He has successfully litigated over 50 civil rights class actions and countless individual employment cases including wrongful termination actions. He is lead counsel in the nationwide class action gender discrimination case against Wal-Mart Stores, Dukes v. Wal-Mart Stores, Inc., 222 F.R.D. 137 (N.D.Cal.2004), aff’d in part and remanded 603F 3d 571 (9th cir 2010) (en banc), which is the largest civil rights class action ever certified. He is also lead counsel in a nationwide glass ceiling gender discrimination case against Costco, Ellis v. Costco, 240 F.R.D. 627 (N.D.Cal.2007).

He successfully tried and subsequently settled the third-largest sex discrimination class action recovery in history ($107.25 million), Stender v. Lucky Stores, 803 F.Supp.259 (N.D.Cal.1992) and also settled the first major challenge to the use of psychological testing by a private employer,Soroka v. Dayton Hudson Corp, dba Target Stores. He was co-lead counsel in the then-largest Americans with Disabilities Act access settlement, Arnold v. United Artists Theatre Circuit, 158 F.R.D. 439 (N.D.Cal.1994). He settled the largest disability employment class action ever, Glover v. Potter, (EEOC 2007) recovering $61 million for a class of 7500. He represented one of the principal objectors to theGeorgine class action settlement before the 3d Circuit and before the United States Supreme Court, where the standards for assessing settlement classes were handed down, Amchem Products, Inc. v. Windsor, 521 U.S. 591 (1997).

Before the California Supreme Court, he has argued, among other cases, Munson v. Del Taco, 46 Cal. 4th 661 (2009), which held that proof of intentional discrimination is not required for ADA violations under the unruh Civil Rights act, Frye v. Tenderloin Housing Clinic, 38 Cal.4th 23 (2006), which upheld the right of nonprofit legal advocacy groups to practice law; Sav-On Drug Stores, Inc. v, Superior Court, 34 Cal.4th 319 (2004), which established class certification standards in overtime class actions; andCity of Moorpark v. Superior Court, 18 Cal.4th 1143 (1998), a case which established that disability discrimination claims under the Fair Employment and Housing Act are not preempted by the Workers’ Compensation Act.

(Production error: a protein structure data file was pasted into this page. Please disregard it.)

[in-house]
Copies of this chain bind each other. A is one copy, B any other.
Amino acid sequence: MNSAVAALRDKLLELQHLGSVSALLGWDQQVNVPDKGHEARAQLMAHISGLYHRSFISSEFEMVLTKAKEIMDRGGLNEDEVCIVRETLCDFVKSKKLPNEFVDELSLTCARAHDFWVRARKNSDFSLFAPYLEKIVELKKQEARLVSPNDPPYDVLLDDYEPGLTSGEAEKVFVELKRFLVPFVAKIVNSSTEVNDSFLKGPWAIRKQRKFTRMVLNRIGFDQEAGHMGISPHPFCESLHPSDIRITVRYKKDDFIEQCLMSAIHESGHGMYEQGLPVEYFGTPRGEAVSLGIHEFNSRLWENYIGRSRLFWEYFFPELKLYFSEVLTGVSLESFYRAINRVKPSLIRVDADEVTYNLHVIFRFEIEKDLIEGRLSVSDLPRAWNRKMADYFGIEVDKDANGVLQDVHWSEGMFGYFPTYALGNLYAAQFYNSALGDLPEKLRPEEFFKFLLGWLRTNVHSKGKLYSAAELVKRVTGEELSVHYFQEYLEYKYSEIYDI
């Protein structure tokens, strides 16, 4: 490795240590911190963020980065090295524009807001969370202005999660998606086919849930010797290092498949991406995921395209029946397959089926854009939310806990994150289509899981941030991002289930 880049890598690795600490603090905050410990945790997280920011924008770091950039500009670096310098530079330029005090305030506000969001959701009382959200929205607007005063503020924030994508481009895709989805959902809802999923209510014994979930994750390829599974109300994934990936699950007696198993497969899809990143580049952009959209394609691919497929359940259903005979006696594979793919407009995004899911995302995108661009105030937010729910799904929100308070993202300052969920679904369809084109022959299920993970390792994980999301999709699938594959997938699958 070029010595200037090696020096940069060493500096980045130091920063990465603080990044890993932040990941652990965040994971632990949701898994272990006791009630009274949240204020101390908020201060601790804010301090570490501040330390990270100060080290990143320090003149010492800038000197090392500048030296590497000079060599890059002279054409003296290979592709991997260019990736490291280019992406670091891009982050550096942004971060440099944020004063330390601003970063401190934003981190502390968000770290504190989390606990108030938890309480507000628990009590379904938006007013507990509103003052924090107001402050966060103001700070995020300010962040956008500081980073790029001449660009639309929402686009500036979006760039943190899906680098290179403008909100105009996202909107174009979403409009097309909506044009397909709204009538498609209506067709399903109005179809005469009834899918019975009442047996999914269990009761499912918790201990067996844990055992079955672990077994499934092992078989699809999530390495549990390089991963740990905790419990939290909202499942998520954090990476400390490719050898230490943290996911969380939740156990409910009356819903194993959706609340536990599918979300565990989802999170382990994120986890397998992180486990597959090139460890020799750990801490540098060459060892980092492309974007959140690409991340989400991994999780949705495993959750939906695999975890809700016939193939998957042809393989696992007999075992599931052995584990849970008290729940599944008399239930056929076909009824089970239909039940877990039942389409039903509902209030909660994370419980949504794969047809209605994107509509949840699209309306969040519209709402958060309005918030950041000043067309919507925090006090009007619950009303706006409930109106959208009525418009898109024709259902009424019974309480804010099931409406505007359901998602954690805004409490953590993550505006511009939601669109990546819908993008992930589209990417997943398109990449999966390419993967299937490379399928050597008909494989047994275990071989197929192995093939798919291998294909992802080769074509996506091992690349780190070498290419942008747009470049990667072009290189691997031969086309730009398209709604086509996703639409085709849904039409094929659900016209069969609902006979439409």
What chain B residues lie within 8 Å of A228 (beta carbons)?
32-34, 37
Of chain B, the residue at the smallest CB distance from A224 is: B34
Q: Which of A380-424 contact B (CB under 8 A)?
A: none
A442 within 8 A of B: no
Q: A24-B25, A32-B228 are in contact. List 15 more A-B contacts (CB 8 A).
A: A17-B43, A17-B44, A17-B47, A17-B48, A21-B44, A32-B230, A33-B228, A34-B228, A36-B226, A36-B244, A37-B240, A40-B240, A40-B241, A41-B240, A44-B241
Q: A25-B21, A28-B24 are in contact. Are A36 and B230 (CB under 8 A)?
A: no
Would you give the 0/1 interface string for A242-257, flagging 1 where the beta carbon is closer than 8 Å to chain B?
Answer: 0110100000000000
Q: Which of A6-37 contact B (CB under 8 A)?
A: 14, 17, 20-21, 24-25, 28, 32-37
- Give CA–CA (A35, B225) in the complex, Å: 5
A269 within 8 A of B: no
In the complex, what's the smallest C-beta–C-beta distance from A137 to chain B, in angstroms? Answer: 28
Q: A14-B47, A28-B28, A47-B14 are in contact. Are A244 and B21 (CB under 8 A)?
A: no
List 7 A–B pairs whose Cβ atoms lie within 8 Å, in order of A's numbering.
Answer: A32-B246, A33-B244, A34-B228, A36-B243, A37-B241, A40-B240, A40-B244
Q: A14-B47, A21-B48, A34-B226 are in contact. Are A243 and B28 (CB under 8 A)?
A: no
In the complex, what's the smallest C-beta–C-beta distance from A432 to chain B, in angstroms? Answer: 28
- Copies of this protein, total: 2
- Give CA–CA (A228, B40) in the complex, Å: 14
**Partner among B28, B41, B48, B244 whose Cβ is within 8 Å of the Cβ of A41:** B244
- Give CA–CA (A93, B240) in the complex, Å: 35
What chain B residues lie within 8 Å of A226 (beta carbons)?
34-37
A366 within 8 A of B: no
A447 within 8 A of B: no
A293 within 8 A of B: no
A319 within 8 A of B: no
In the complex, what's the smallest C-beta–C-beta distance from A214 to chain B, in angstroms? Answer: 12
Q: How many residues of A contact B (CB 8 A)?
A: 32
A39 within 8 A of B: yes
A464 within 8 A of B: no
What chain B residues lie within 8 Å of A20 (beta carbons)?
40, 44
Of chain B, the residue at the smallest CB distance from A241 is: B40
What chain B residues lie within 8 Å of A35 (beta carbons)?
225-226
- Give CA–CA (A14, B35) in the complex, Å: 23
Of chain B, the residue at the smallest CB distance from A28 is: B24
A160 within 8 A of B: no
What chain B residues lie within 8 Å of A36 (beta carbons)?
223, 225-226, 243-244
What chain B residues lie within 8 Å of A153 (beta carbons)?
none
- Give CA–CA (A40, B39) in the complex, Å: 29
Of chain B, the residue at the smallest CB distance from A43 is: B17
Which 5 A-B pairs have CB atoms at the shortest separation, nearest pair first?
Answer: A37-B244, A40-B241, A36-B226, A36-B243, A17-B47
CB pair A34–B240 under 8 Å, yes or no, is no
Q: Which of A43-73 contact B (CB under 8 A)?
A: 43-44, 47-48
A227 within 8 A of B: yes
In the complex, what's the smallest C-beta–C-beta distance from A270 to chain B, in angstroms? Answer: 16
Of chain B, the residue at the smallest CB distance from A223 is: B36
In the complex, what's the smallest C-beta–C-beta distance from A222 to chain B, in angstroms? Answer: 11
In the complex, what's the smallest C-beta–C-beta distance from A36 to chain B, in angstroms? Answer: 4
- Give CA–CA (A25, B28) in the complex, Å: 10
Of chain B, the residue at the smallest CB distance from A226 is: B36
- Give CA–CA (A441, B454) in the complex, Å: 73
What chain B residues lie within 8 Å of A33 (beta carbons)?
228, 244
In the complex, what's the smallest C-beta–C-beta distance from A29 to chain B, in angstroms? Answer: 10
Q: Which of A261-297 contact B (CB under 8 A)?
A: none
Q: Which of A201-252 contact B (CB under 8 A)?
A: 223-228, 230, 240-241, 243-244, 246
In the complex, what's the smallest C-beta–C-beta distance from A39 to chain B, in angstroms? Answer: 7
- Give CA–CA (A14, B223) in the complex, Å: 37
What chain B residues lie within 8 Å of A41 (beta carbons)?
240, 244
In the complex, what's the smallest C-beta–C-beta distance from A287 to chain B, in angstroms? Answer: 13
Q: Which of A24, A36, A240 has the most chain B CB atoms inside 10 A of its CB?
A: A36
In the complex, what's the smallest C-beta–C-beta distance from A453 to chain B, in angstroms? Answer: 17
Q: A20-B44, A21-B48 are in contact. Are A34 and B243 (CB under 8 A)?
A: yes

He has served on the Board of Directors of Equal Rights Advocates and California Rural Legal Assistance, Inc. and also as the chair of the Disability Rights Education and Defense Fund Development Partnership. He was the co-founder of the San Francisco Bay Area Plaintiffs’ Employment Lawyers Association. He has spoken and written widely on topics of class actions, employment and public interest law, and attorneys’ fee litigation.

He has taught employment discrimination law at the University of California Hastings College of the Law and Golden Gate University Law School, and taught a seminar on class action litigation at UC Hastings. He was a 1978 graduate of UC Hastings College of the Law and a Teaching Fellow at Stanford Law School. He was a Regent’s Lecturer at UCLA School of Law in March 2006.

He has served as the chair of the Northern District Magistrate Judge Merit Selection Panel and as a Northern District delegate to the Ninth Circuit Judicial Conference.

The National Law Journal (June 19, 2006) has listed him among the 100 most influential lawyers in America.

Media Bites:

Brad Seligman, How Giving Has Improved My Life